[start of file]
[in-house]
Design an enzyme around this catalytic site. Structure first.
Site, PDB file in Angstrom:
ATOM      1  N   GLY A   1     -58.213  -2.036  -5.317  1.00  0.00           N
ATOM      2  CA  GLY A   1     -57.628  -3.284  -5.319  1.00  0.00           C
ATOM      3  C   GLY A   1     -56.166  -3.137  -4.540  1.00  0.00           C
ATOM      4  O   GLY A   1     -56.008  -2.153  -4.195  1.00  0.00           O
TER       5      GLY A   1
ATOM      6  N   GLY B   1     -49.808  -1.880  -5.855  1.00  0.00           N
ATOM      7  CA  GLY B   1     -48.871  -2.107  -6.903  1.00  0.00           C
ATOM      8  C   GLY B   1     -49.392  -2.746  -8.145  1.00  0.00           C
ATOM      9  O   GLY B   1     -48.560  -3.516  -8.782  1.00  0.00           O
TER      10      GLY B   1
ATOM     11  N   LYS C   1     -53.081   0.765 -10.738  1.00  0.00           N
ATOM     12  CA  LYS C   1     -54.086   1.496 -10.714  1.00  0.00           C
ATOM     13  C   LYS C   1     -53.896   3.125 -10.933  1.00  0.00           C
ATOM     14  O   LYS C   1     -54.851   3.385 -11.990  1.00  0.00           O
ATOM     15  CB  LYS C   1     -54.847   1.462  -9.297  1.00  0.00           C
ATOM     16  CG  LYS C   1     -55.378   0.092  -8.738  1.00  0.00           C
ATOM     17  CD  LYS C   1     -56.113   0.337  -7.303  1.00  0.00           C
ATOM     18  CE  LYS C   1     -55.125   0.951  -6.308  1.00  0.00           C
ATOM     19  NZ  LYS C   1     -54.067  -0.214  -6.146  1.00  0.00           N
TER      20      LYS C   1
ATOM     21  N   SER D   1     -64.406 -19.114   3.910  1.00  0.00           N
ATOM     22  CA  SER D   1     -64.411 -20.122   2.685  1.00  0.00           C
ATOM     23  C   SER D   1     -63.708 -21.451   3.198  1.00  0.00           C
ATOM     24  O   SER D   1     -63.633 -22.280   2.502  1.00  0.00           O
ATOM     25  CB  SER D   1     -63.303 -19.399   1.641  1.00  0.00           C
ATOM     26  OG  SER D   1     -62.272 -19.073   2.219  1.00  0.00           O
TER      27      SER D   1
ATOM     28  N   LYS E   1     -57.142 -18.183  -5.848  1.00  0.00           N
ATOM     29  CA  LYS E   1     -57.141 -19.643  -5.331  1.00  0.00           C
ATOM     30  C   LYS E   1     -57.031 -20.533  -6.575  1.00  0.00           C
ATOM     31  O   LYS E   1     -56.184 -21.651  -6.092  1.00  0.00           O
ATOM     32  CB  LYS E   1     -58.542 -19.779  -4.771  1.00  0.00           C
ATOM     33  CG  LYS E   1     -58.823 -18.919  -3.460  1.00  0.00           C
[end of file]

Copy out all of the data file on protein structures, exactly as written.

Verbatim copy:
[in-house]
Design an enzyme around this catalytic site. Structure first.
Site, PDB file in Angstrom:
ATOM      1  N   GLY A   1     -58.213  -2.036  -5.317  1.00  0.00           N
ATOM      2  CA  GLY A   1     -57.628  -3.284  -5.319  1.00  0.00           C
ATOM      3  C   GLY A   1     -56.166  -3.137  -4.540  1.00  0.00           C
ATOM      4  O   GLY A   1     -56.008  -2.153  -4.195  1.00  0.00           O
TER       5      GLY A   1
ATOM      6  N   GLY B   1     -49.808  -1.880  -5.855  1.00  0.00           N
ATOM      7  CA  GLY B   1     -48.871  -2.107  -6.903  1.00  0.00           C
ATOM      8  C   GLY B   1     -49.392  -2.746  -8.145  1.00  0.00           C
ATOM      9  O   GLY B   1     -48.560  -3.516  -8.782  1.00  0.00           O
TER      10      GLY B   1
ATOM     11  N   LYS C   1     -53.081   0.765 -10.738  1.00  0.00           N
ATOM     12  CA  LYS C   1     -54.086   1.496 -10.714  1.00  0.00           C
ATOM     13  C   LYS C   1     -53.896   3.125 -10.933  1.00  0.00           C
ATOM     14  O   LYS C   1     -54.851   3.385 -11.990  1.00  0.00           O
ATOM     15  CB  LYS C   1     -54.847   1.462  -9.297  1.00  0.00           C
ATOM     16  CG  LYS C   1     -55.378   0.092  -8.738  1.00  0.00           C
ATOM     17  CD  LYS C   1     -56.113   0.337  -7.303  1.00  0.00           C
ATOM     18  CE  LYS C   1     -55.125   0.951  -6.308  1.00  0.00           C
ATOM     19  NZ  LYS C   1     -54.067  -0.214  -6.146  1.00  0.00           N
TER      20      LYS C   1
ATOM     21  N   SER D   1     -64.406 -19.114   3.910  1.00  0.00           N
ATOM     22  CA  SER D   1     -64.411 -20.122   2.685  1.00  0.00           C
ATOM     23  C   SER D   1     -63.708 -21.451   3.198  1.00  0.00           C
ATOM     24  O   SER D   1     -63.633 -22.280   2.502  1.00  0.00           O
ATOM     25  CB  SER D   1     -63.303 -19.399   1.641  1.00  0.00           C
ATOM     26  OG  SER D   1     -62.272 -19.073   2.219  1.00  0.00           O
TER      27      SER D   1
ATOM     28  N   LYS E   1     -57.142 -18.183  -5.848  1.00  0.00           N
ATOM     29  CA  LYS E   1     -57.141 -19.643  -5.331  1.00  0.00           C
ATOM     30  C   LYS E   1     -57.031 -20.533  -6.575  1.00  0.00           C
ATOM     31  O   LYS E   1     -56.184 -21.651  -6.092  1.00  0.00           O
ATOM     32  CB  LYS E   1     -58.542 -19.779  -4.771  1.00  0.00           C
ATOM     33  CG  LYS E   1     -58.823 -18.919  -3.460  1.00  0.00           C